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November 2018
Feature

Vagabon: Infinite Worlds

Vagabon is coming to the UK for the very first time this spring. It’s going to be great.
Published: 8:03 am, April 24, 2017
Vagabon: Infinite Worlds
Lætitia Tamko's first live experience was her debut gig as Vagabond. "It was a pretty small show of maybe 15-25 people at an all-ages venue in New York. I was just excited to be performing live; I was riding that high for a long time," she says, unable to really remember how the crowd reacted because that night was, rightly, "all about me in my head. I kept thinking to myself, 'Oh my god, I can't believe you're doing this. Wow! That just happened'. I was in my own little world."

Fast forward to March 2017 and the 24-year-old is just a day away from going on a month-long tour of the US (which she's not yet packed for), having just put out a storming debut album full of DIY indie rock that filters emotional insecurity through heavy riffs and distinct vocals. "Once I felt that I could make something I was happy with, I was pretty determined to put my entire soul into it," she says of the short-but-sweet eight-track release. Having grown up in "a pretty quiet house" in which her family would play jazz ("there wasn't a large scope of things"), Lætitia learnt to play the guitar before heading to university and started writing her own songs in 2014. Though she didn't really think of music as ‘a career', Lætitia knew she wanted to keep making albums, releasing them and touring.

Discussing her music, she confesses: "I can't put my finger on it. I jump around a lot, and incorporate a lot of different things into one song." While ‘Infinite Worlds' has a lot of rock instrumentation to it (‘Minneapolis'), there are also elements of electronic music and slowed down synths (‘Mal à L'aise' – which in English means ‘uncomfortable'). "It's hard for me to think of a package name for it all," she says, before considering the emotions she wants the listener to experience. "I want them to feel less alone," she begins. "People, including myself, listen to music so often to feel understood or represented in a way; in a feeling, in a thought or in a process - whatever it is… I guess that's just how I experience music."

Loneliness wasn't an obvious theme of the album, but Lætitia feels that her own personality played a part in the record. "I do spend a lot of time alone. I've always been a very introverted person, a person who loves privacy and being alone in solitude, so it probably did seep into it in that way." More than that, though, Lætitia says the album's sense of missing home and different places in the US is because of the amount of travelling she's done. "You're always trying to find literal, physical stability - I think that's where a lot of the mentions of home come into play in the songs."

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‘The Embers', the lead single from the album, is "a shoutout to yourself," explains Lætitia, adding that she was very particular when shooting the video for it. "That was fun; we shot on 16mm film, which was really important for me and the team who worked on it. The restraint you have from working on film, especially when you know you don't have a tonne of it at your disposal, you have to be conservative in all the shots." Taking control of the colour palettes was important for Lætitia, too. "I was really particular about the colours that I wanted to display in the video – the ones that I feel the song represents. "I'm asserting myself in this position and it really doesn't matter what anyone else thinks."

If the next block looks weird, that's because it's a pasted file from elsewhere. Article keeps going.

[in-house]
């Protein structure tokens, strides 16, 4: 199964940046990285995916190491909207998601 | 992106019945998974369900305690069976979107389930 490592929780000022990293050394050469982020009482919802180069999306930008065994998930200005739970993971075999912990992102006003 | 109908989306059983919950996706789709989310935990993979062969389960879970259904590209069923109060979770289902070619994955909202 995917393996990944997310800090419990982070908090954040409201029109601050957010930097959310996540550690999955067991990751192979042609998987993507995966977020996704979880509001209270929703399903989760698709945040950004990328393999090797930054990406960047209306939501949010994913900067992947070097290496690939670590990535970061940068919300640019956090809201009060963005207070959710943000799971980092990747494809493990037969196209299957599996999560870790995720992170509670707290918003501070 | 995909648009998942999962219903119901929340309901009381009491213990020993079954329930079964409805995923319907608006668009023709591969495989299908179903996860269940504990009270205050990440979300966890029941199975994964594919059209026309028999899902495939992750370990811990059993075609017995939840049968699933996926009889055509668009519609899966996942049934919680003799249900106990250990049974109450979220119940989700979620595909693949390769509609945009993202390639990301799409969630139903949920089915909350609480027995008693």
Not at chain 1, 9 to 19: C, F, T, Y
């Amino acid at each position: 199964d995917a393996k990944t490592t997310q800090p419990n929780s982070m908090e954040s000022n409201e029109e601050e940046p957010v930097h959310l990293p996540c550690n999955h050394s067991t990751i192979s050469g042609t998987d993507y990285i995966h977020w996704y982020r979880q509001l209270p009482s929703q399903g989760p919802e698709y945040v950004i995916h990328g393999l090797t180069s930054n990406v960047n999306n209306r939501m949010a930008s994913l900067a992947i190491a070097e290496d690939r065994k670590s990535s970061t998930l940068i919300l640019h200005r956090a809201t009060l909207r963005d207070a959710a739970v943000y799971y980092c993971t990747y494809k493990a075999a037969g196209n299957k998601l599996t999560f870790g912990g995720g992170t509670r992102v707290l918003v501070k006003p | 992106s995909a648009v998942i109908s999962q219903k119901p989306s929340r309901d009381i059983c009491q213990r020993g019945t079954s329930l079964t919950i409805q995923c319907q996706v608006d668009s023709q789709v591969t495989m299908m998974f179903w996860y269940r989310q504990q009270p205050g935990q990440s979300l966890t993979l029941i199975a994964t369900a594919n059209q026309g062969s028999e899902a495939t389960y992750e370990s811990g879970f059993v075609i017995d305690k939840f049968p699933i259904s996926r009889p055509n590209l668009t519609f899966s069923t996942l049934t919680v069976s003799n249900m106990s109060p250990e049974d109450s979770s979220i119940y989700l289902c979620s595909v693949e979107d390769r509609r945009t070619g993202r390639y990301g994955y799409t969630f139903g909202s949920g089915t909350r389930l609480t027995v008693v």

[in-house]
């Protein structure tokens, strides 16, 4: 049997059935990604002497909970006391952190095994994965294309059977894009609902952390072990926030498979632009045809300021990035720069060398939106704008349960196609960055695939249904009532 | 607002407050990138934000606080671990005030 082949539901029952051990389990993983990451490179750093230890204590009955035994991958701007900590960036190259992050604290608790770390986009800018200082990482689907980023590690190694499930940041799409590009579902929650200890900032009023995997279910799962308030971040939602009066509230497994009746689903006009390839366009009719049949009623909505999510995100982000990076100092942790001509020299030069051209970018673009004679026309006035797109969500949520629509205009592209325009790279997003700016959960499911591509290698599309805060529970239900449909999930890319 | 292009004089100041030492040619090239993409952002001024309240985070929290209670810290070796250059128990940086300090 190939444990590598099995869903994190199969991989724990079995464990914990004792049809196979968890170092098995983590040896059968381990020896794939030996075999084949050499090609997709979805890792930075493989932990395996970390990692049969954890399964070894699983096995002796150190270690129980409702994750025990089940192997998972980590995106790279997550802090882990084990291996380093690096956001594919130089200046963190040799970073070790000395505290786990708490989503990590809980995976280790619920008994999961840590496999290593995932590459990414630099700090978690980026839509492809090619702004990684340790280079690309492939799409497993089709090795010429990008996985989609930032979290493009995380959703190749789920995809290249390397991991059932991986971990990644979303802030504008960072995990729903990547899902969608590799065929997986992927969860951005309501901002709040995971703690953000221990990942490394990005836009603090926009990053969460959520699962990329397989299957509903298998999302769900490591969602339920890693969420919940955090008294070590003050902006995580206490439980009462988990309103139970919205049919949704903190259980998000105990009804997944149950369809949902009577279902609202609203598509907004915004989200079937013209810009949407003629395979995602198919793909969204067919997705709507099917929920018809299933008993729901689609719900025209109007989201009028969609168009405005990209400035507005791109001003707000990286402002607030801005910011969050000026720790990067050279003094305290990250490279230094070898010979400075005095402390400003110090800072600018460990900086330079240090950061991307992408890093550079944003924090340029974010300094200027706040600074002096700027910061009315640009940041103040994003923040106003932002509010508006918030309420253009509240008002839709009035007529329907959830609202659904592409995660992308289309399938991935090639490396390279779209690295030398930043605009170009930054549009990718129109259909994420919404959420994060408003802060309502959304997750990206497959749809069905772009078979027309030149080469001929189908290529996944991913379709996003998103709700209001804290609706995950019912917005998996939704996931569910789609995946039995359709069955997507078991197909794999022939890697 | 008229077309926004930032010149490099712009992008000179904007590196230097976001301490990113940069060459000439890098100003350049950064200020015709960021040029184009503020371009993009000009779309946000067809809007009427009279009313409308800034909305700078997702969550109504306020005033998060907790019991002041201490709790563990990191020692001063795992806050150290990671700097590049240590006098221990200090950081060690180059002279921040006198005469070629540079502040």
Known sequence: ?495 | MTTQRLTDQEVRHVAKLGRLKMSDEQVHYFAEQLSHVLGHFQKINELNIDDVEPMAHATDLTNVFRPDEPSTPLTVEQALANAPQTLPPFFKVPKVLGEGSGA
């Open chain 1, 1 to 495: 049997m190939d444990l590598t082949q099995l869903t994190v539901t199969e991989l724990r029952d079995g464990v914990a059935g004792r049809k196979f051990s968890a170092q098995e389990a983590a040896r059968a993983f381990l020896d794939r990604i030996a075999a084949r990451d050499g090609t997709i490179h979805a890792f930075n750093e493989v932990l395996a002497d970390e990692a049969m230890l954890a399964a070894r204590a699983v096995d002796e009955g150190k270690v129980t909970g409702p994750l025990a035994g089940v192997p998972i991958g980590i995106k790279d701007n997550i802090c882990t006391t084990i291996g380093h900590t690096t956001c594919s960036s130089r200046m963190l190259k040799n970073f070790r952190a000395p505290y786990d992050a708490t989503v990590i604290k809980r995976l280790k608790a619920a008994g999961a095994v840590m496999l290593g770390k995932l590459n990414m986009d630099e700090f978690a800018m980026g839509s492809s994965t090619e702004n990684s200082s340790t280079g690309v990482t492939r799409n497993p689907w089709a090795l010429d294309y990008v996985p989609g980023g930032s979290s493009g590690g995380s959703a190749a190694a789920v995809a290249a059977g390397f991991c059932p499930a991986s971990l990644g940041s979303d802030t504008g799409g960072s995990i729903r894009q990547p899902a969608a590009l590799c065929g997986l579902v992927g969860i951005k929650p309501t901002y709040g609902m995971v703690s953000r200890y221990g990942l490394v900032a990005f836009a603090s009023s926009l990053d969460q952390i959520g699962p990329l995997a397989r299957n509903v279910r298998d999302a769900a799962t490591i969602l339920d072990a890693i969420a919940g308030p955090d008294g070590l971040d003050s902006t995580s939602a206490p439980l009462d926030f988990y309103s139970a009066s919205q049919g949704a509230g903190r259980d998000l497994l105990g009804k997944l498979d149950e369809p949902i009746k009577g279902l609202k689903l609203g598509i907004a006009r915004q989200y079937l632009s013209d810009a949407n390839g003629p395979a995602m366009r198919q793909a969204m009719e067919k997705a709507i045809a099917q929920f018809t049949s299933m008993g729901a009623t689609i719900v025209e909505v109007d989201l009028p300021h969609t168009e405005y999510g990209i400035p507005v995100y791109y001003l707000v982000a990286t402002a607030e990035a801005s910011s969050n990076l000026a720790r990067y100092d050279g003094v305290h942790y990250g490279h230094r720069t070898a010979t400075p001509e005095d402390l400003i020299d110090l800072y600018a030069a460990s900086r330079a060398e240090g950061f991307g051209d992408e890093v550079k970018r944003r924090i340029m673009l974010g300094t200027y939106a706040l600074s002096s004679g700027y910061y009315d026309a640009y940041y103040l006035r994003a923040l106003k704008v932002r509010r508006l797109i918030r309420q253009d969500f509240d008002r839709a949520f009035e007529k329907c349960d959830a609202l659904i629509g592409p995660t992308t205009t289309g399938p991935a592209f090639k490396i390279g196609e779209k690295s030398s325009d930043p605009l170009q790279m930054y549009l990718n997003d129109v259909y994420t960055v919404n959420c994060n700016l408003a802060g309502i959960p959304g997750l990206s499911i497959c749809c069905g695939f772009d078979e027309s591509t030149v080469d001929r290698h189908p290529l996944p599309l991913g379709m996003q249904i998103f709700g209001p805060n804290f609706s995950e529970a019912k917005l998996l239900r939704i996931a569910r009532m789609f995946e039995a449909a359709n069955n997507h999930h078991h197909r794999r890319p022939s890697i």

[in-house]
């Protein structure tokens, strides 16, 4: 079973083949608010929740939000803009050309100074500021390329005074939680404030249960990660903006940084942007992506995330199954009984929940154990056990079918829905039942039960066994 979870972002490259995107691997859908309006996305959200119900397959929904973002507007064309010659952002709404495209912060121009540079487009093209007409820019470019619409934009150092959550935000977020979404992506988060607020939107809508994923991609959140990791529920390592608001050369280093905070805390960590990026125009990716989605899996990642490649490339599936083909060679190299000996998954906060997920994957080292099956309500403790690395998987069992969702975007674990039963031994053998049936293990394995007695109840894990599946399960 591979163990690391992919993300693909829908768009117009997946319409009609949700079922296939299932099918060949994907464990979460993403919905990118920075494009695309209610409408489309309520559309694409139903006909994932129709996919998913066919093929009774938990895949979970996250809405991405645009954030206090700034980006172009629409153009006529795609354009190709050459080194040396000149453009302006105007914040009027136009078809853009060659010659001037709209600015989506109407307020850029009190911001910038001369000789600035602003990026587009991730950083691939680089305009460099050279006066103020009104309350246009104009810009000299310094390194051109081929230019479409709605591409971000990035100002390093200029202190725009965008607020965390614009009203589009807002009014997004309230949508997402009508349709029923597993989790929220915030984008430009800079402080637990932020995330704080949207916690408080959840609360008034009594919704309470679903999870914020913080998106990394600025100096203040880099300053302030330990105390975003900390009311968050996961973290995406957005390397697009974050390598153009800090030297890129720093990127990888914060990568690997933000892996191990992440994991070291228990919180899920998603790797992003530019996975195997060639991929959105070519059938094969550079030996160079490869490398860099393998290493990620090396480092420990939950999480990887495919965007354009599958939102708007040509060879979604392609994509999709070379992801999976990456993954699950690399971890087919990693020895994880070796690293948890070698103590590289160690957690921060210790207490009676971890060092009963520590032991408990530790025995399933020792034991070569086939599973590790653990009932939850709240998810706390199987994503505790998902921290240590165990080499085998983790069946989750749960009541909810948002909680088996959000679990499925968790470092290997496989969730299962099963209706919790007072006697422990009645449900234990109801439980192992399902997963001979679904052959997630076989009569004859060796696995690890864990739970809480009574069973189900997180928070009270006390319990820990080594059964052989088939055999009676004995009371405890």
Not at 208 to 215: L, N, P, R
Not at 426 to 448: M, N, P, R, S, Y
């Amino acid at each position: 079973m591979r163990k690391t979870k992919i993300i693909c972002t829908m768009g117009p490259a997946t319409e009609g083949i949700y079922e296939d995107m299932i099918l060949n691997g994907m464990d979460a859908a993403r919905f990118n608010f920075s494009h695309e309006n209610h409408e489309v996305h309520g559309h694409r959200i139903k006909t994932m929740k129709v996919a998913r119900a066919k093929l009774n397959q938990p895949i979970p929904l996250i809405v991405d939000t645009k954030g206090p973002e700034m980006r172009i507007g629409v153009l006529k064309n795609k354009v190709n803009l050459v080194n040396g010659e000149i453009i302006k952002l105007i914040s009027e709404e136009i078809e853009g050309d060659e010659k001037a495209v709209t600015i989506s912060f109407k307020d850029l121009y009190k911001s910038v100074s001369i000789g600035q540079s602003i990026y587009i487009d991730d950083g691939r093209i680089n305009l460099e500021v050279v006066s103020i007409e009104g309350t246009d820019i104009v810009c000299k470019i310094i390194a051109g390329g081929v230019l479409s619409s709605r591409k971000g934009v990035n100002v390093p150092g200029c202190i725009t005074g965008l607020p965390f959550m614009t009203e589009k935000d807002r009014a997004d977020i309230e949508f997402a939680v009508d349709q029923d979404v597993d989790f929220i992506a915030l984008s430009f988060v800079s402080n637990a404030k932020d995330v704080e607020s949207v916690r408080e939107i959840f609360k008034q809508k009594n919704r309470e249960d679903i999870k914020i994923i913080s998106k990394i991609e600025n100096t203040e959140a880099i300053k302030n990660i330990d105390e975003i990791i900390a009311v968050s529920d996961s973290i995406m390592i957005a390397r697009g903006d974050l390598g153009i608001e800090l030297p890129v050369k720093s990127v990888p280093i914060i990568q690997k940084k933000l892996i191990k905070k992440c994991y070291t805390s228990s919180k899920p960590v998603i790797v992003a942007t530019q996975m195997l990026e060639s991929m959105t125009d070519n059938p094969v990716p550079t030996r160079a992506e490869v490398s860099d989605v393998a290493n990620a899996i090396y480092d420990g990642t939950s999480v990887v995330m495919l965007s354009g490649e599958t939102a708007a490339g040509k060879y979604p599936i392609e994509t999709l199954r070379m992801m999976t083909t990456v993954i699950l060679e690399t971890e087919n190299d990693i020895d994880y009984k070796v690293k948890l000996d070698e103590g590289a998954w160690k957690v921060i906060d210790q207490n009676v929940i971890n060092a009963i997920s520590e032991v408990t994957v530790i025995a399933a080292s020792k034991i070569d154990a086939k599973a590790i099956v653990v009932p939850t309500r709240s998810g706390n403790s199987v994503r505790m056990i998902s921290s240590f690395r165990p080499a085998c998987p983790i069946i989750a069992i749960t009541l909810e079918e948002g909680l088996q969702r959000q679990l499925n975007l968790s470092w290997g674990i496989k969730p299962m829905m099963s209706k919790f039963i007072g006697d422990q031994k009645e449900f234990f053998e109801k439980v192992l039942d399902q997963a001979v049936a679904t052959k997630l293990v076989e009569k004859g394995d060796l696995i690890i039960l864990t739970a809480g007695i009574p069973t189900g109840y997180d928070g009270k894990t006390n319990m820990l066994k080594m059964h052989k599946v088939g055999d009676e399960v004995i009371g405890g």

The album's title, ‘Infinite Worlds', meanwhile, refers to the many sides of human beings - some of which remain hidden. "It's the idea that people are very nuanced, and what you see can be what you get - but not all of what you can get," she suggests. "It was a way of, right off the bat, telling people who will pick this album up or here about it that I have put a multitude of things into this album," she continues, summing it up perfectly: "here is me, someone that contains multitudes."

In terms of the recording process, Lætitia would spend blocks of days and nights at the studio "sleeping there, waking up and recording. It was a very interesting process but I wouldn't have done it any other way," she says. Having fleshed out the music in the studio, Lætitia wasn't afraid to make multiple versions of her tracks. "I would try something and if I didn't like it, or if I didn't think it evoked the feeling that I wanted listeners to have, I would just scrap it and start all over."

With one hell of an album to her name, Vagabon will play her first set of UK shows in May. "I'm so thrilled," she enthuses, having never been to the country before. "The live show, to me, is the perfect balance between the album and what I feel a live gig should be. I'm performing some of the songs on my own, so I don't lose the intimacy of the way I like to perform… It's really cool to be going to the UK as a musician, with something that I can share and send people home with. That's pretty wild!"

Vagabon's album 'Infinite Worlds' is out now. She tours the UK this May.




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